A novel microscope for nanosystems
LMU/MPQ-scientists can image the optical properties of individual nanoparticles with a novel microscope.
Nanomaterials play an essential role in many areas of daily life. There is thus a large interest to gain detailed knowledge about their optical and electronic properties. Conventional microscopes get beyond their limits when particle size falls to the range of a few ten nanometers where a single particle provides only a vanishingly small signal. As a consequence, many investigations are limited to large ensembles of particles. Now, a team of scientists of the Laser Spectroscopy Division of Prof. Theodor W. Hänsch (Director at the Max Planck Institute of Quantum Optics and Chair for Experimental Physics at the Ludwig-Maximilians-Universität Munich) has developed a technique, where an optical microcavity is used to enhance the signals by more than 1000-fold and at the same time achieves an optical resolution close to the fundamental diffraction limit. The possibility to study the optical properties of individual nanoparticles or macromolecules promises intriguing potential for many areas of biology, chemistry, and nanoscience (Nature Communications, DOI: 10.1038/ncomms8249, 24 June 2015).
Spectroscopic measurements on large ensembles of nanoparticles suffer from the fact that individual differences in size, shape, and molecular composition are washed out and only average quantities can be extracted. There is thus a large interest to develop single-particle-sensitive techniques. “Our approach is to trap the probe light used for imaging inside of an optical resonator, where it circulates tens of thousands of times. This enhances the interaction between the light and the sample, and the signal becomes easily measurable”, explains Dr. David Hunger, one of the scientists working on the experiment. “For an ordinary microscope, the signal would be only a millionth of the input power, which is hardly measurable. Because of the resonator, the signal gets enhanced by a factor of 50000.”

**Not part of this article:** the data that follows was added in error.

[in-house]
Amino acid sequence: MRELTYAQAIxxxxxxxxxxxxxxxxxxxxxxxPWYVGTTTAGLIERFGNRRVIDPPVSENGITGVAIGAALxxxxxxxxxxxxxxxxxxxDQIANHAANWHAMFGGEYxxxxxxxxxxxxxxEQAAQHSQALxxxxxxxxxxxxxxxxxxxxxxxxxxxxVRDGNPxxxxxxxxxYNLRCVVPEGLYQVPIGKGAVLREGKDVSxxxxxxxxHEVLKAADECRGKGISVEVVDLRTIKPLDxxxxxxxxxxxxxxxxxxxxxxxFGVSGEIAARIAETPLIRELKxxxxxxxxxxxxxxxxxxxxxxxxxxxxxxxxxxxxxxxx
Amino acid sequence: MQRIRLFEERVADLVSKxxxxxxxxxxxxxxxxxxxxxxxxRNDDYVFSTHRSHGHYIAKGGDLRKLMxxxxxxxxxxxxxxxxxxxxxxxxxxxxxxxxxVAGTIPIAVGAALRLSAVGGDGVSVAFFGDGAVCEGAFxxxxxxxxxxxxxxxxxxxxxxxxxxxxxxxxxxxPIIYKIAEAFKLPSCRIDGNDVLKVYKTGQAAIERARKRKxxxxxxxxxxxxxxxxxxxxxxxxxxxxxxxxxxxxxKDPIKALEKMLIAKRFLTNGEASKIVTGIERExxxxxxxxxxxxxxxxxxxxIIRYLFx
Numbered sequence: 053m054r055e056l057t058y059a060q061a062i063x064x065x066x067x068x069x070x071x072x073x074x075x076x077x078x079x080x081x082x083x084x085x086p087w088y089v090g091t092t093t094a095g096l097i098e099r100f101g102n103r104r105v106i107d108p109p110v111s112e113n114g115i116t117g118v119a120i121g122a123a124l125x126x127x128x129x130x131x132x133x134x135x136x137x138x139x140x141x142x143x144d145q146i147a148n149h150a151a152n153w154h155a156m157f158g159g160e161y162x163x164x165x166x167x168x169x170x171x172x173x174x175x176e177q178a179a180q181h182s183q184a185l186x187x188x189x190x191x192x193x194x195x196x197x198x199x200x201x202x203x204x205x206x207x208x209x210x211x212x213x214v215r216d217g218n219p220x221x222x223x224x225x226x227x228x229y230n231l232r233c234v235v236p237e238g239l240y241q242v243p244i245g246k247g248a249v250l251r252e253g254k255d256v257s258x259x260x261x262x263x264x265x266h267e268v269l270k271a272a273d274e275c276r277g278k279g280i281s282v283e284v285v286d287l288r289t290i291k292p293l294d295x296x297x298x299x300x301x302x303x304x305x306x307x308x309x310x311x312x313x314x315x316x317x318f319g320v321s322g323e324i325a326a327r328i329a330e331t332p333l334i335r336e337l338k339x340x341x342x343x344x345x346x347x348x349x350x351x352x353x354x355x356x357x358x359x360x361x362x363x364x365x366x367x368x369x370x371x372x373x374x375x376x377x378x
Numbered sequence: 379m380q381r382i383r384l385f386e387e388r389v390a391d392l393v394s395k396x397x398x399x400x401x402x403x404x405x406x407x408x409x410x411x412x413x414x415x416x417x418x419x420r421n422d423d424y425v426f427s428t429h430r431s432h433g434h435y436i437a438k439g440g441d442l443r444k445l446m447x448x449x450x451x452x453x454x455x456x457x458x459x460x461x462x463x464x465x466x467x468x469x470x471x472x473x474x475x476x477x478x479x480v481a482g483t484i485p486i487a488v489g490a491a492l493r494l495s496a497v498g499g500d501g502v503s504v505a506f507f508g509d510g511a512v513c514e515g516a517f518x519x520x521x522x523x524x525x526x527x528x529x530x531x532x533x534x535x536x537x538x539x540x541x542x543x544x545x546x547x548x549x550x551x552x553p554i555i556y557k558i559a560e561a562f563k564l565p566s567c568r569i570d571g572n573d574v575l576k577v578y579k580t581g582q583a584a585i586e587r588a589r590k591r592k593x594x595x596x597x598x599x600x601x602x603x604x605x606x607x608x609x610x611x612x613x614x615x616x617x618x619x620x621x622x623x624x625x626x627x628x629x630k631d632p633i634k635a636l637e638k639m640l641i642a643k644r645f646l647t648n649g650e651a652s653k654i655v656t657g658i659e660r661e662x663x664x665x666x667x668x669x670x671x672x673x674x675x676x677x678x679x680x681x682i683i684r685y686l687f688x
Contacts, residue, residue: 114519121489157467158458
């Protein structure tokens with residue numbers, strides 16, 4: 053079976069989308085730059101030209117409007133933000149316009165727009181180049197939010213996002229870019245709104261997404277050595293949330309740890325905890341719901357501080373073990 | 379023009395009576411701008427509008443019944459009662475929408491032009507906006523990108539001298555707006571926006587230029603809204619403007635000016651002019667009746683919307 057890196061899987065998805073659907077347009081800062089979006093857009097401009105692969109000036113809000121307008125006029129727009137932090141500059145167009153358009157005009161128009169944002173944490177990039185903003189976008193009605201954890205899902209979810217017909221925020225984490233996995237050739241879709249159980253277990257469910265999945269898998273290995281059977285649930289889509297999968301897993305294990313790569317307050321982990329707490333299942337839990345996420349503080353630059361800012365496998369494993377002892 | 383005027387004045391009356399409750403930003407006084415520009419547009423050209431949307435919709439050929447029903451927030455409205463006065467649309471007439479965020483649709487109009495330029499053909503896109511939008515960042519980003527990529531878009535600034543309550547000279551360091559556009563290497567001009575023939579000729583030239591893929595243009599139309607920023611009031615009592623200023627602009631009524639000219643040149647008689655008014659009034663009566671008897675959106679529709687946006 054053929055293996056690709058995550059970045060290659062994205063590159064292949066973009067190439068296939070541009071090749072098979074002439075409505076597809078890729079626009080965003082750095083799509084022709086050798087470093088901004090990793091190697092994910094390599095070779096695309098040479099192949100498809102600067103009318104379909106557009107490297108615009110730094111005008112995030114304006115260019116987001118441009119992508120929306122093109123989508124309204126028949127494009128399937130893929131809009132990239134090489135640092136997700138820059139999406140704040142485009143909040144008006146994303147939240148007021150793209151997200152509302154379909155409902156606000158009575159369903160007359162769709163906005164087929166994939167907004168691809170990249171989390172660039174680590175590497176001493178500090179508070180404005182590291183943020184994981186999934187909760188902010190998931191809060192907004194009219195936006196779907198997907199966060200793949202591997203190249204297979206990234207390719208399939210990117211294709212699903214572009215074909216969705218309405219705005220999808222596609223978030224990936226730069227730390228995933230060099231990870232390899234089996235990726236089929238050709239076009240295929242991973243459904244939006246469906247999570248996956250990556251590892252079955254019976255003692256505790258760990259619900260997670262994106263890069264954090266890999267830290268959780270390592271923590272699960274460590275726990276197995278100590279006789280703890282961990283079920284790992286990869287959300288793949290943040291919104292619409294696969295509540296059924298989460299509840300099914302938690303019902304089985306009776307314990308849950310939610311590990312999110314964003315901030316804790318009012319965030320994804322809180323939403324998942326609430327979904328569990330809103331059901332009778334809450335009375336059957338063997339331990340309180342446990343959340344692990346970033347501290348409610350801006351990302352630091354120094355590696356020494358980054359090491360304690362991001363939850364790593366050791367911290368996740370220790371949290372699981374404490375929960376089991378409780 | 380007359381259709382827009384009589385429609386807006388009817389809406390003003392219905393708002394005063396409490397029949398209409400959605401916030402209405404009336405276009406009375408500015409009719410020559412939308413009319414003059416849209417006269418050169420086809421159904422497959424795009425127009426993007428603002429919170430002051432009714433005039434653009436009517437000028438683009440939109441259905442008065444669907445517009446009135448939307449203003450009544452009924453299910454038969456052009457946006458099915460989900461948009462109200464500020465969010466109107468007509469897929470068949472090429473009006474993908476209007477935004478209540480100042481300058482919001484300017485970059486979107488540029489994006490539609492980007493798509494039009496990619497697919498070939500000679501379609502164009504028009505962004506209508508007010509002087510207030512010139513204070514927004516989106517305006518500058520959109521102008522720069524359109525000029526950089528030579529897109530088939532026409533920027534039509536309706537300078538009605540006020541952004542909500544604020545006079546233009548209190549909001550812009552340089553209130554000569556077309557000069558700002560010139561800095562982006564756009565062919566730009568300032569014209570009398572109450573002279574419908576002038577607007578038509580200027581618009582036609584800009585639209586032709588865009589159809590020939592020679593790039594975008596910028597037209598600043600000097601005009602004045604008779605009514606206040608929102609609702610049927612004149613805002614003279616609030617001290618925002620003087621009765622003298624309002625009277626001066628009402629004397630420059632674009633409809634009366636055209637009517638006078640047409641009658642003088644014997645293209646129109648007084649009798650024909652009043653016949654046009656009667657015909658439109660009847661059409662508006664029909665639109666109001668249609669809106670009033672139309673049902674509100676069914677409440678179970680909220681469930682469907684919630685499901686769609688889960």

In the microscope, built by Dr. David Hunger and his team, one side of the resonator is made of a plane mirror that serves at the same time as a carrier for the nanoparticles under investigation. The counterpart is a strongly curved mirror on the end facet of an optical fibre. Laser light is coupled into the resonator through this fibre. The plane mirror is moved point by point with respect to the fibre in order to bring the particle step by step into its focus. At the same time, the distance between both mirrors is adjusted such that the condition for the appearance of resonance modes is fulfilled. This requires an accuracy in the range of picometers.
For their first measurements, the scientists used gold spheres with a diameter of 40 nanometers. “The gold particles serve as our reference system, as we can calculate their properties precisely and therefore check the validity of our measurements” says David Hunger. “Since we know the optical properties of our measurement apparatus very accurately, we can determine the optical properties of the particles from the transmission signal quantitatively and compare it to the calculation”. In contrast to other methods relying on direct signal enhancement, the light field is limited to a very small area, such that by using only the fundamental mode, a spatial resolution of 2 micron is achieved. By combining higher order modes, the scientists could even increase the resolution to around 800 nanometers.
The method becomes even more powerful when both absorptive and dispersive properties of a single particle were determined at the same time. This is interesting especially if the particles are not spherical but e.g. elongated. Then, the corresponding quantities depend on the orientation of the polarization of light with respect to the symmetry axes of the particle. “In our experiment we use gold nanorods (34x25x25 nm³) and we observe how the resonance frequency shifts depending on the orientation of the polarization. If the polarization is oriented parallel to the axes of the rod, the shift of the resonance is larger than if the polarization is oriented orthogonally, resulting in two different resonance frequencies for both orthogonal polarizations” explains Matthias Mader, PhD student at the experiment. “This birefringence can be measured very precisely and is a very sensitive indicator for the shape and orientation of the particle.”
“As an application of our method, we could think of e.g. investigating the temporal dynamics of macro molecules, such as the folding dynamics of proteins” says David Hunger. “Overall we see a large potential for our method: from the characterization of nanomaterials and biological nanosystems to spectroscopy of quantum emitters.” Olivia Meyer-Streng